As the world prepared for a blockbuster sports schedule, the business cogs behind the athletes kept on turning, and as always, politics was inextricably linked.
In the UK, the second quarter of the year saw some welcome news as football came home when England was chosen as host of the 2022 UEFA Women’s European Championship, as the ‘Lionesses’ ultimately won the competition beating Germany 2-1 in the final at Wembley.
However, the legacy of the European Super League (ESL) fiasco was still being felt in the country, and emotions were still high after six of the most popular English clubs attempted to break away from the Premier League.
As a result of the fan backlash, the DCMS announced plans for an independent football regulator in late April, charged with financial oversight of clubs, including information gathering, investigation and enforcement powers.
The top flight, however, was not welcoming of the proposal, describing it as unnecessary, whilst its clubs would later fall under the DCMS regulatory spotlight once again over the issue of betting sponsorships.
An industry which is inextricably linked to sports, betting has experienced both expansion and criticism over the past year. In May, the government and Premier League entered into discussions over the removal of betting sponsorships, although the following month, the DCMS revealed that proposed measures could not be as extensive as was once thought.
Betting companies would face their own hurdles during this period as well, when the Committee of Advertising Practice (CAP) updated its rules to ban the use of sports stars in gambling advertising.
On the other hand, the US sports betting space continued to grow and a major victory for the industry occurred in April, as the NCAA approved wagering on its events.
However, in other areas of sports, hurdles remained – Liverpool fans would have to bypass some in the form of turnstiles in June, when a large number of supporters were unable to access the Stade de France in Paris for the UEFA Champions League Final against Real Madrid.
UEFA would later begin a report into the final, with Liverpool FC Chairman Billy Hogan stating he was ‘horrified’ by the way some fans were treated by stadium staff and police, whilst in an interview with Insider Sport, YellowHeart CEO Josh Katz, outlined how blockchain technology could help solve ticketing problems.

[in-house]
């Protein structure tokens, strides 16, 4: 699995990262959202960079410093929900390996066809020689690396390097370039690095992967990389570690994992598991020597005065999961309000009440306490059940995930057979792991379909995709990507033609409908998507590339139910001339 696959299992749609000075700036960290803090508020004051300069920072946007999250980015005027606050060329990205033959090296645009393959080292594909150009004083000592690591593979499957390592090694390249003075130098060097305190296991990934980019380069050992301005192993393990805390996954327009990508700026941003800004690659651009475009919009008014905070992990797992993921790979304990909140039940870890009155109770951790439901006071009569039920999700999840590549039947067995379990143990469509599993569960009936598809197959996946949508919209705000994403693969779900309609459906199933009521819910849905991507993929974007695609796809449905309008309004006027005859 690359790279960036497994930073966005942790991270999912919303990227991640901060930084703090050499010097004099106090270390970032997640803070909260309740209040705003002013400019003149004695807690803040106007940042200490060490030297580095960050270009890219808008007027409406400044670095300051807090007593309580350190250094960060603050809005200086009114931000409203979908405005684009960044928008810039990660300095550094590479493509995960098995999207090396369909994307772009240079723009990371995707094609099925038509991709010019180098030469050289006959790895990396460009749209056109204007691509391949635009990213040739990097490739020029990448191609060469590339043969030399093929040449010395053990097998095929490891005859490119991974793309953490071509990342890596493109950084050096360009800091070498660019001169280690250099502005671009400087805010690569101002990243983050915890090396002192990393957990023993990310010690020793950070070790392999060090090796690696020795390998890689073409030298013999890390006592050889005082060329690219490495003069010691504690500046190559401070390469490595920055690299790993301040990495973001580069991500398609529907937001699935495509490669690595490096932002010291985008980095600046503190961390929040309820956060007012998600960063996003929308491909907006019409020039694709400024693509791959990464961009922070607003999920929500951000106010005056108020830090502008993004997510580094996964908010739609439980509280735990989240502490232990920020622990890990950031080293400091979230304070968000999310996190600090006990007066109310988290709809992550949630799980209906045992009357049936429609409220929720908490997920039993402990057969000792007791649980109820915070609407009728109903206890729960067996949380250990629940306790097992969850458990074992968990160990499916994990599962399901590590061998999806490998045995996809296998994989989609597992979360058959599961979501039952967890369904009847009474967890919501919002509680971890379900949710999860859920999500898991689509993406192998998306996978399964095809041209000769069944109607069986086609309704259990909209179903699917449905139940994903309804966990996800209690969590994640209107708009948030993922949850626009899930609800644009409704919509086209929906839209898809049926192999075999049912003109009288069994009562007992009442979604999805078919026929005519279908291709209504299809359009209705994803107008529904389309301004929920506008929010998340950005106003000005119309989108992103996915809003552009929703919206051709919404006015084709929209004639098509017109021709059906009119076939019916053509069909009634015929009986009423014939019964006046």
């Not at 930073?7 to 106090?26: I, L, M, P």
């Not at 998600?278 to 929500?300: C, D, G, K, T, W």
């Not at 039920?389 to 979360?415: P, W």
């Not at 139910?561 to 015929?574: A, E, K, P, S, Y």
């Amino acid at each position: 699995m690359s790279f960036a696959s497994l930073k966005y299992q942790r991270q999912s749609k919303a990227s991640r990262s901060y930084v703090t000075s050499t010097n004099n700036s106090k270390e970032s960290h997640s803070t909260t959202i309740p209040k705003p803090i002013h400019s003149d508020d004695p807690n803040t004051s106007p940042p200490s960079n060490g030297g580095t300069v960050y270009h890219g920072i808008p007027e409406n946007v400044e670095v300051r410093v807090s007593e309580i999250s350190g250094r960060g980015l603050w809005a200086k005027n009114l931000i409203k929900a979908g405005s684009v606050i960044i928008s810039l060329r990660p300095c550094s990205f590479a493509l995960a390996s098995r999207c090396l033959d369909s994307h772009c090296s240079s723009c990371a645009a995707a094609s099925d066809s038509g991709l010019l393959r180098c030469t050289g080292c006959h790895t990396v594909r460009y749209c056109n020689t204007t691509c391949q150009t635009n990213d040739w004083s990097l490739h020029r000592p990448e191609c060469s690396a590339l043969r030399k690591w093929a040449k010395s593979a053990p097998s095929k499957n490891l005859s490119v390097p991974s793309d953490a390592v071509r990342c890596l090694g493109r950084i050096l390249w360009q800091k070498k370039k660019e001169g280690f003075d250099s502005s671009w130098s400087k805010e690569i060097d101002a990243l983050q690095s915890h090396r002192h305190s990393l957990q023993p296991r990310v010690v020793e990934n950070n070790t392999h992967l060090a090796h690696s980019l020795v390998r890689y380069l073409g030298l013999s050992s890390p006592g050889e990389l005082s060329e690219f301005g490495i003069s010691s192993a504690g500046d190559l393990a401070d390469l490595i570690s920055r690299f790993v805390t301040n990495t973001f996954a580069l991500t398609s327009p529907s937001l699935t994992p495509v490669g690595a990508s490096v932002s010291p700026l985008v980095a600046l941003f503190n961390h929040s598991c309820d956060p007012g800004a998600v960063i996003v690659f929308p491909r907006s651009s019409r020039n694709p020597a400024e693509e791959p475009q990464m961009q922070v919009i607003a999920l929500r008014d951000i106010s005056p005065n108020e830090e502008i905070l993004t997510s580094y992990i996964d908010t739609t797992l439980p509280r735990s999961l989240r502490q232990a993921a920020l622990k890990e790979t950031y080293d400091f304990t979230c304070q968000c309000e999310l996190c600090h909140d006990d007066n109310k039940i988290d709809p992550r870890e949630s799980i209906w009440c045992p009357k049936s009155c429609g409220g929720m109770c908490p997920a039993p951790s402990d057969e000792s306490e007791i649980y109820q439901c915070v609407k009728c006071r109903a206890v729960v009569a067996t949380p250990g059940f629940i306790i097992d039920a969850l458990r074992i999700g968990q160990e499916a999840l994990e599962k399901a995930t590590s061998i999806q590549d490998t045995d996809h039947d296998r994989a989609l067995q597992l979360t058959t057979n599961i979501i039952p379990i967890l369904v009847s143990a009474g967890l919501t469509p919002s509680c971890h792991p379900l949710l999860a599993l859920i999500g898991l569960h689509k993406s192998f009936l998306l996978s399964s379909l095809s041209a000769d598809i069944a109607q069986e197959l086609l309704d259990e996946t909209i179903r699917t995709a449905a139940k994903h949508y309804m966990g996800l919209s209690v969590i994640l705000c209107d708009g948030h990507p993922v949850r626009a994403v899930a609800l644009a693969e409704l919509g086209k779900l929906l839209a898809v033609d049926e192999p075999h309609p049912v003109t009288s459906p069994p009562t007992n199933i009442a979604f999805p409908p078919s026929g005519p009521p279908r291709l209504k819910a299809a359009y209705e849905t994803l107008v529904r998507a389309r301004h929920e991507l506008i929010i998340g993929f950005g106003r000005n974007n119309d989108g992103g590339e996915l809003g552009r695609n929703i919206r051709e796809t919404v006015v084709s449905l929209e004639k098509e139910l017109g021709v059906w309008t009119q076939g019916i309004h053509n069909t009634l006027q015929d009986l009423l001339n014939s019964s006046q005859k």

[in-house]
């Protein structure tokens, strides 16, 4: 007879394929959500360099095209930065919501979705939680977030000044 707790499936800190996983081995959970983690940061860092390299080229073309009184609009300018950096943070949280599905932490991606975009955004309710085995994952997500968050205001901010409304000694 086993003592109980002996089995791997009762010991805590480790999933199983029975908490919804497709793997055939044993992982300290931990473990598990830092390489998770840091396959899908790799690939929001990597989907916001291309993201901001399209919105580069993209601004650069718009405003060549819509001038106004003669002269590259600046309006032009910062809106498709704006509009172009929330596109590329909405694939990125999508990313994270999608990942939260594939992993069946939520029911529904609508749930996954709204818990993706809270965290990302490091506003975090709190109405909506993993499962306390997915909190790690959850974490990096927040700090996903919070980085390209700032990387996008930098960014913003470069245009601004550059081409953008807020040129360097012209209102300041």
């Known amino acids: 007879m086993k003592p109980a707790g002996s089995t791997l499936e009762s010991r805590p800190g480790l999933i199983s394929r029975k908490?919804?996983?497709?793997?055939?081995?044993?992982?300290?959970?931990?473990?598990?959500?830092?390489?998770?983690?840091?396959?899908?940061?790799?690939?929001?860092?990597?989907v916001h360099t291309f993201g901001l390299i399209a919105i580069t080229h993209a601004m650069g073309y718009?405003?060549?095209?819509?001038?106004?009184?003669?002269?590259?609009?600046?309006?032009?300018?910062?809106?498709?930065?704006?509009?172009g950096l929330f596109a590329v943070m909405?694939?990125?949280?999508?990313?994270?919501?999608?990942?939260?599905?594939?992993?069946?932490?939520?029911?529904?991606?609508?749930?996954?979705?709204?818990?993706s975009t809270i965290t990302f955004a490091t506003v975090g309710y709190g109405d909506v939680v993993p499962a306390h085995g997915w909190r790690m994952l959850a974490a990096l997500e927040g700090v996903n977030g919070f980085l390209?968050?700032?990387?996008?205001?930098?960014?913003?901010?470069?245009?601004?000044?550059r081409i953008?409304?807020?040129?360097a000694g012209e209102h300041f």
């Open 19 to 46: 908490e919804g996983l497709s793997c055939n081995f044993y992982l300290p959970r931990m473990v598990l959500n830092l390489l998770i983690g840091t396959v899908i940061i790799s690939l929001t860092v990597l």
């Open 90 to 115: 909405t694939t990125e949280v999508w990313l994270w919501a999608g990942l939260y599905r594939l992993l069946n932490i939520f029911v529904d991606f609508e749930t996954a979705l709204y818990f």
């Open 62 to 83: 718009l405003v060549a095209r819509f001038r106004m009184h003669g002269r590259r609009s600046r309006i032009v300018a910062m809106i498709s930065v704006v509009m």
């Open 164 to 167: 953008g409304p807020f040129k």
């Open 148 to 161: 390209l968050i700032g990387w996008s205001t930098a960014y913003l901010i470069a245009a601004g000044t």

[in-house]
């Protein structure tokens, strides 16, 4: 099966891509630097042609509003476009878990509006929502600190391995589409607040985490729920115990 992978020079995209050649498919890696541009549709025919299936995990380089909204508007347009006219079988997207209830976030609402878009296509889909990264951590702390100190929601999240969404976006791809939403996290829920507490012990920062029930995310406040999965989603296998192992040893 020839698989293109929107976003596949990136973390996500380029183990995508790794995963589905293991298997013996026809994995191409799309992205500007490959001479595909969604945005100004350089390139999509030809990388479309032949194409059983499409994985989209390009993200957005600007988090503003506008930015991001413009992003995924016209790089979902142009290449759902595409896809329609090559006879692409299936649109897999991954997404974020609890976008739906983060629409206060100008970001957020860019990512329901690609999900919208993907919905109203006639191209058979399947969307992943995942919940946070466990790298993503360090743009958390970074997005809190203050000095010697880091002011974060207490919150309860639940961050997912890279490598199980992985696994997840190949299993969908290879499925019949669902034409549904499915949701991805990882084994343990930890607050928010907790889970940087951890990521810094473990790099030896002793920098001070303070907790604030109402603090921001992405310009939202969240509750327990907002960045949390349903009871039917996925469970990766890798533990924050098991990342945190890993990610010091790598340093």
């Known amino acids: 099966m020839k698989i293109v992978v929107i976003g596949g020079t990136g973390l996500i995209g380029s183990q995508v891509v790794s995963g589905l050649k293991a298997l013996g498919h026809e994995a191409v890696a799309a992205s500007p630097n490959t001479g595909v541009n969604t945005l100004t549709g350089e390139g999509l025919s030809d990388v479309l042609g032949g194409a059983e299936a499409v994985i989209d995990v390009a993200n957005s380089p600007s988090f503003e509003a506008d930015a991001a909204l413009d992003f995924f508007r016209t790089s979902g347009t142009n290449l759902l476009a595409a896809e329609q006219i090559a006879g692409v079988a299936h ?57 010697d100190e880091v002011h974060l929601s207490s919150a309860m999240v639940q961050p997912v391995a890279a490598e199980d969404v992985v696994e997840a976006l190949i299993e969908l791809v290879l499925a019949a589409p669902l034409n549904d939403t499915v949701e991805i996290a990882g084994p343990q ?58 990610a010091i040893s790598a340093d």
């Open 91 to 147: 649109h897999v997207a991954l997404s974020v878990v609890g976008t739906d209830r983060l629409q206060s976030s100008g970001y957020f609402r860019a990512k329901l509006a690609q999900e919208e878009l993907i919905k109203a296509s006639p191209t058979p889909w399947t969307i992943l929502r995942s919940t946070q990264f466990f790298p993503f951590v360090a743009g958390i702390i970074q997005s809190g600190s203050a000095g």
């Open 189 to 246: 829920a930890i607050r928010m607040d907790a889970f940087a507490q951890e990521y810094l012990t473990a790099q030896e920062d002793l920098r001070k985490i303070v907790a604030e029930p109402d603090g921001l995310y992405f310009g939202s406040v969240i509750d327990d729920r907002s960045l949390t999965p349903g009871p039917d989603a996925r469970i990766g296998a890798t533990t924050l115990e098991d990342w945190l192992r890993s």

From a commercial perspective, a range of sporting stakeholders looked to enhance their operations this year, notably DAZN, which began putting plans in place to launch a sportsbook unit, appointing former Entain executive Sandip Tiku as its Chief Technology Officer.
2022 has also seen DAZN maintain momentum on its flagship sports broadcasting product, such as securing the rights to UEFA Nations League, European Qualifiers and International Friendlies in Canada.
Another company which kept its foot on the gas this year was Sportradar, which revealed in its Q1 trading update – published in May – that revenue had risen by 31% year-on-year from $186.4m €167.9m (2021: $186.4 million).
Meanwhile, Channel 4 continued to add to its ever-growing sports portfolio, bringing the UEFA Nations League free-to-air to UK viewers, alongside international friendlies, under a contract in place until 2024.
Lastly, from a football business perspective, 2022 has closed similarity to how it began, awash with talk of takeovers of historic English clubs. The past month has seen Liverpool and Manchester United examine prospective bidders, but back in Q2 it was Chelsea which was on the market.
The West London club was put up for sale by by Russian oligarch Roman Abramovich due to the ongoing war in Ukraine, and terms for a £2.5bn buyout by Todd Boehly were agreed in May, after a bid by Martin Broughton – backed by Lewis Hamilton and Serena Williams – was unsuccessful.